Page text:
Age and Sex Differences in Childhood and Adulthood obesity association with phthalates: Analyses of NHANES 2007-2010

Division of Toxicology and Human Health Sciences, Agency for Toxic Substances and Disease Registry (ATSDR), Atlanta, Georgia, 30341 USA
International journal of hygiene and environmental health (Impact Factor: 3.83). 07/2014; 217(6). DOI: 10.1016/j.ijheh.2014.02.005


Exposure to environmental chemicals may play a role in the development of obesity. Evidence suggests phthalate exposure may be associated with obesity in children and adults.

To examine the association of ten urinary phthalate metabolites mono-n-butyl phthalate (MnBP), mono-ethyl phthalate (MEP), mono-isobutyl phthalate (MiBP), mono-2-ethyl-5-carboxypentyl phthalate (MECPP), mono-2-ethyl-5-hydroxyhexyl phthalate (MEHHP), mono-(2-ethyl-5-oxohexyl) phthalate (MEOHP), mono-2-ethylhexyl phthalate (MEHP), mono-benzyl phthalate (MBzP), mono-(carboxylnonyl) phthalate (MCNP), and mono-(carboxyoctyl) phthalate (MCOP) grouped by molecular weight of their parent compounds with body weight outcomes in children, adolescent and adult participants in the National Health and Nutrition Examination Survey (NHANES) 2007-2010.

We performed multinomial logistic regression to analyze the association between obesity and urinary phthalate metabolite concentrations in children and adolescents and adults.

Low molecular weight (LMW) phthalate metabolites (MnBP, MEP and MiBP) are significantly (p < 0.05) associated with higher odds for obesity in male children and adolescents. High molecular weight (HMW) phthalate metabolites (MECPP, MEHHP, MEOHP, MEHP, MBzP, MCNP, and MCOP) and di-2-ethylhexyl phthalate (DEHP) metabolites (MEHHP, MEOHP, MEHP and MECPP) are significantly (p < 0.05) associated with higher OR for obesity in all adults. Additionally, DEHP metabolites are significantly associated with obesity in all female adults; whereas DEHP and HMW metabolites are significantly associated with OR for obesity in males 60 years and older.

We found age and sex differences in the association between urinary phthalate metabolite concentrations and body weight outcomes. Reverse causation cannot be excluded since overweight and obese people will have more fat mass, they may store more phthalates, thus leading to higher excretion concentrations.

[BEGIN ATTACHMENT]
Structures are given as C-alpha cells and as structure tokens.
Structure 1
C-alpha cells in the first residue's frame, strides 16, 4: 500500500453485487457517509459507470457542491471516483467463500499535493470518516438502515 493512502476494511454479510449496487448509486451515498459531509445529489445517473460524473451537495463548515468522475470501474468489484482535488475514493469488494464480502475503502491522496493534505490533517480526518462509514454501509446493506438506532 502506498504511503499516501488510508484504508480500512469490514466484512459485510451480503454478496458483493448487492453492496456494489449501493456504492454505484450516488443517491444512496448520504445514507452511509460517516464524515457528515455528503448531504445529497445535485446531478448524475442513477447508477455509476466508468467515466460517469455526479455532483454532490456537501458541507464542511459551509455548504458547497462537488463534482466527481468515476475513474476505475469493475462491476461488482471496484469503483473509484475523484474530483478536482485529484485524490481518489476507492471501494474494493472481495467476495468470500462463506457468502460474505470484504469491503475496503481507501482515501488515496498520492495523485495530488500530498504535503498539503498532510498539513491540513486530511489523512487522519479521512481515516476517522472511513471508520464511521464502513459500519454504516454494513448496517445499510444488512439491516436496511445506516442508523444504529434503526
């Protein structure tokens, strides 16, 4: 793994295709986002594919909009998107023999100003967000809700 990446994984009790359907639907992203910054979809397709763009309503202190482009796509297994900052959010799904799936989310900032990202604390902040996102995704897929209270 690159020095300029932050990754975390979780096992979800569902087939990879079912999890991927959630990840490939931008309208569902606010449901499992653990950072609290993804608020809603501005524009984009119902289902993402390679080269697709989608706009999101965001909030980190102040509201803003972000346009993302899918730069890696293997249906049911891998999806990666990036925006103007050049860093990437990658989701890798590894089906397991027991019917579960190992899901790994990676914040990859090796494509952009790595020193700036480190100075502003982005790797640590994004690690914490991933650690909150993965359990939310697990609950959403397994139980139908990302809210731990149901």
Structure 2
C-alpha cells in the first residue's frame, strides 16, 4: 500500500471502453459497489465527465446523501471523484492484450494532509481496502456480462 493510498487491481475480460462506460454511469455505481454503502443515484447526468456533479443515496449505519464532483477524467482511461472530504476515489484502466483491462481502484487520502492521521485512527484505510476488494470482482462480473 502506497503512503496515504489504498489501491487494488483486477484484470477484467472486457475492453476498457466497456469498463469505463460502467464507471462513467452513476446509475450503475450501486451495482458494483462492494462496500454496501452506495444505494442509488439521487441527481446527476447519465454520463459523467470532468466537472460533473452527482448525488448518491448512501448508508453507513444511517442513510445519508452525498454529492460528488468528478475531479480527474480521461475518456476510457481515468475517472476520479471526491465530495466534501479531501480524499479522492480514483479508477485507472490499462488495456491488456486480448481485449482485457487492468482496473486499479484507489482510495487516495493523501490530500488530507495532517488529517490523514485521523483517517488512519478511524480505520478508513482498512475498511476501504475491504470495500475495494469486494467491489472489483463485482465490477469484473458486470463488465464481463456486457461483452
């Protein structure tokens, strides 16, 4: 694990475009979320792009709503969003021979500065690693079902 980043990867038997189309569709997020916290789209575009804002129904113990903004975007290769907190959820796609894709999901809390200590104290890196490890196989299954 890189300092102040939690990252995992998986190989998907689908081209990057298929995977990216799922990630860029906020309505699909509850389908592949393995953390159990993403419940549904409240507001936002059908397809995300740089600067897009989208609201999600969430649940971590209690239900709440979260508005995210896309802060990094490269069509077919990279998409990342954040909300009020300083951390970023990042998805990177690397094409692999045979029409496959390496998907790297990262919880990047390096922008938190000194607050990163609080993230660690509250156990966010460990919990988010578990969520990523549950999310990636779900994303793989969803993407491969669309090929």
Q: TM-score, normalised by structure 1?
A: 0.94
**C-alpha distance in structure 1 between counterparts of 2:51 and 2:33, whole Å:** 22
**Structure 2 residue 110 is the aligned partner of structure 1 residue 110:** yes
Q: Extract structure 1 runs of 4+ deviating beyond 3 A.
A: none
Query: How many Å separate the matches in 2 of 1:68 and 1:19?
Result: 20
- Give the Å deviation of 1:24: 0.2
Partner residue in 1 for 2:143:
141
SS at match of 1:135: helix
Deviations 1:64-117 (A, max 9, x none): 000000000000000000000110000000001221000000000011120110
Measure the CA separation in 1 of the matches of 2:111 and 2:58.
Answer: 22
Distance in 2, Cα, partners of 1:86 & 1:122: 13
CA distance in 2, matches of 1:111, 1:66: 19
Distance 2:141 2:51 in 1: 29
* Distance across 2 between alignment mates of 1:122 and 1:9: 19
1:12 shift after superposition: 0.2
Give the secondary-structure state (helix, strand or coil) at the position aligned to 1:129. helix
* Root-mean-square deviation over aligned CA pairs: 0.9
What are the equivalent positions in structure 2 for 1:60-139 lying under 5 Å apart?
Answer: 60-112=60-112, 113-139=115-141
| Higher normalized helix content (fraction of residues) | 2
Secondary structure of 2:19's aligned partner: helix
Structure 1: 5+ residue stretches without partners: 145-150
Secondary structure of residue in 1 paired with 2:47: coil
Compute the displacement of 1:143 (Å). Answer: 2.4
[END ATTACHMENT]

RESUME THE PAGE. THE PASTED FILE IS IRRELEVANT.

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Available from: Melanie Buser, Jul 02, 2014
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    • "Although phthalates have been identified to have antiandrogenic effects on the developing male reproductive system (Foster, 2006; Shultz et al., 2001; Wolff et al., 2014), emerging evidence suggests a potential connection with the development of obesity (Desvergne et al., 2009; Grun and Blumberg, 2007; Hatch et al., 2008; Kim and Park, 2014; Newbold et al., 2009; Song et al., 2014; Stahlhut et al., 2007; Teitelbaum et al., 2012 ). Epidemiology studies have revealed a potential association between phthalate exposures such as diethylhexyl phthalate (DEHP) and the development of obesity (Buser et al., 2014; Hatch et al., 2008; Lind et al., 2012; Stahlhut et al., 2007; Teitelbaum et al., 2012; Trasande et al., 2013). In the National Health and Nutrition Examination Survey (NHANES) from 1999 to 2002, concentrations of four phthalate metabolites, including mono-benzyl phthalate (MBzP), mono-(2-ethyl-5-hydroxyhexyl) phthalate (MEHHP), mono-(2-ethyl-5-oxohexyl) phthalate (MEOHP), and mono-ethyl phthalate (MEP) in men, showed significant correlations with abdominal obesity (Stahlhut et al., 2007 ). "
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